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Kiwi acts get a big reception at SXSW. If only they had a bigger venue
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Kiwi acts get a big reception at SXSW. If only they had a bigger venue

Andrea Price

[Music]

At 5.30pm on a warm Austin night, music fans swarm the streets ready to devour some of the 1,900 bands on offer at South By Southwest, the world’s largest music industry conference. Despite the chaos, an ordered line forms outside a large makeshift marquee opposite the convention centre. The line is gathering attention. In a town where every bar and piece of pavement is a stage, there are few things people wait in line for.

5.36pm. Kiwi bands Cut Off Your Hands and Midnight Youth are soaking in a bit of pre-gig sun, while inside Gary Fortune and Alan Holt of the New Zealand Commission calmly plant New Zealand Music Commission signage around the venue. I ask Fortune how everything is going and he tells me they’ve had 3,000 RSVPs and the space holds 300. I look back at the line, which has grown considerably; for some, it's going to be a long wait.

By six o’clock the venue is at capacity, ready for Cut Off Your Hands to go onstage. There’s an excited buzz in the air. Two guys from a large record management company next to me explain that they are huge fans of the band, particularly the song ‘Expectations’. They’ve also begun playing the game Spot The Kiwi as the crowd mostly consists of international festival bookers, labels, publishers and promotions companies.

While the bands are the product, New Zealand Music is the brand. Over the last seven years the New Zealand Music Commission has developed an enviable database of industry players who consider the event a ‘must attend’. Two thousand people currently keep up-to-date with the commission’s Twitter updates. Showcasing bands are searched daily and reviews and images are posted back to followers.

This year, the commission has also adopted a new innovation called Bandtag. These credit card-sized promotional cards allow people to download samplers of showcased artists. The website also hosts comprehensive bios and images, details often looked by companies and bands unaware of the practicalities of music promotion.

I ask Fortune why the event is so important. “South By Southwest is the largest music conference in the world and virtually every country has a presence,” he says “If we are to keep music from New Zealand in front of the industry we need to be there to support our artists.” The commission hosts a trade stand at the conference centre during the day, as well as building valuable networks and contacts for the 12 New Zealand bands that have made the journey over.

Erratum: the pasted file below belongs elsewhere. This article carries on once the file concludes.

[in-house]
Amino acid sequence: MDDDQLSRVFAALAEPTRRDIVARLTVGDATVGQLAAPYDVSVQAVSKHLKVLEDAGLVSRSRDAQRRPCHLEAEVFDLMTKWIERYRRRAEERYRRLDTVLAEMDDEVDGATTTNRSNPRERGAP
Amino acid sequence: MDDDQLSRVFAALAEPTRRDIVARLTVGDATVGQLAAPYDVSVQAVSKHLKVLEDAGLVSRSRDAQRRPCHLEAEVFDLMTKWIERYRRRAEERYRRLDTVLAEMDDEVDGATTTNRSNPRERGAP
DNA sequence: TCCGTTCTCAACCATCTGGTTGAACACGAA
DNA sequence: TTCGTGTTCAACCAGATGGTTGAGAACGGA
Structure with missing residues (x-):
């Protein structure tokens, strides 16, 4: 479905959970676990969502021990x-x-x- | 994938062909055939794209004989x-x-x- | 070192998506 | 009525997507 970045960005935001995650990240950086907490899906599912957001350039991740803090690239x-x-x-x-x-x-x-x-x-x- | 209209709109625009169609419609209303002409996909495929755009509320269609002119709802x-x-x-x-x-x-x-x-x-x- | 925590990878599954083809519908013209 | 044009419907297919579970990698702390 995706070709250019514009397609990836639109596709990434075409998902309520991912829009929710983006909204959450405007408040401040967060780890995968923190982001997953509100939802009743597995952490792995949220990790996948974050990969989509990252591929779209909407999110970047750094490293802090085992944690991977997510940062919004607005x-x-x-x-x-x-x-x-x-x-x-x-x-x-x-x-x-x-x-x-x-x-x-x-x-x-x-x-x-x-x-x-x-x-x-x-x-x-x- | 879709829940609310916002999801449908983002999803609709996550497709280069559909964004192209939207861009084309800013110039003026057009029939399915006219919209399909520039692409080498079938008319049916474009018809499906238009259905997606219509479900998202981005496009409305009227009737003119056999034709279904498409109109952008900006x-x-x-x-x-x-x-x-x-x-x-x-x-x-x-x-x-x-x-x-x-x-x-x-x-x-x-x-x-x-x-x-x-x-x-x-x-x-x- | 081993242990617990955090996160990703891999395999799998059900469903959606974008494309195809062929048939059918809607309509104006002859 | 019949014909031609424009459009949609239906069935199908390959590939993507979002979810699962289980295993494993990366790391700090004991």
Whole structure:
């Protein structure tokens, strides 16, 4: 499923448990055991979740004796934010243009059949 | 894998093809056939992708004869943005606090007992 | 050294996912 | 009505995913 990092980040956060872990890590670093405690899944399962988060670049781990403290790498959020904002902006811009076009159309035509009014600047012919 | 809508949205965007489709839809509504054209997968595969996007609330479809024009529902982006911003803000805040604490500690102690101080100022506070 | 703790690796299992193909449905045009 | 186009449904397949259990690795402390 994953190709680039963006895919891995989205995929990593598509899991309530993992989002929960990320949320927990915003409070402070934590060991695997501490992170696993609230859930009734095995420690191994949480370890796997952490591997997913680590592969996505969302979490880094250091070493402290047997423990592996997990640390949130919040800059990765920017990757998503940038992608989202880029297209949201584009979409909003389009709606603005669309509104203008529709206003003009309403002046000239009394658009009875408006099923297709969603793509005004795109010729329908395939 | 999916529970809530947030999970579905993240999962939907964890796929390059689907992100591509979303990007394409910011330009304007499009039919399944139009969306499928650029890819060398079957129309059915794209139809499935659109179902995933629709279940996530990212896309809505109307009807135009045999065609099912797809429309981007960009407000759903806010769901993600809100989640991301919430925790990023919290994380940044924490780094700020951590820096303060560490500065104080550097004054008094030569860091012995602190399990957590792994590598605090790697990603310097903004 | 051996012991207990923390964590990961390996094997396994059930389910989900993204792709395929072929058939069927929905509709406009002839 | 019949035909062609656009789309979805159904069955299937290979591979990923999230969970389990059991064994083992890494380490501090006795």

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Cut Off Your Hands drummer Brent Harris with headliner Ladyhawke

The first three bands perform without a hitch. Cut Off Your Hands give the kind of high energy performance they’ve built their reputation on, and Midnight Youth’s accessible rock is a pleaser for much of the crowd, who were first time listeners. Christchurch dance/punk band Bang Bang Eche may have been the youngest at the showcase, but were my personal favourite with a set which was entertaining to watch, completely unpredictable and unique to anything else I have seen at the festival.

As headliner Ladyhawke takes to the stage, I look around to see the venue surrounded by a crowd, three deep, peeping through the fence to catch a glimpse of the action. The atmosphere is something no MySpace site could create and proof alone of the strong reputation New Zealand music has in the international community. Ladyhawke does not disappoint, with two singles on high rotation in the UK and the US, watching the crowd sing along to her hits is the perfect end to the evening.

While rock ‘n’ roll folklore suggests the bands would disperse into the night with copious alcohol in hand and trouble on the brain, most are off to get a good night’s sleep, or have left to play another showcase. Fortune and Holt return to their hotel to select shots with the photographer. What follows in the coming days are meetings with perspective bookers and record companies, as the success of each individual band serves to grow stronger New Zealand music exports and our reputation within the international music community. Here’s hoping for a bigger venue and an even larger RSVP list next year.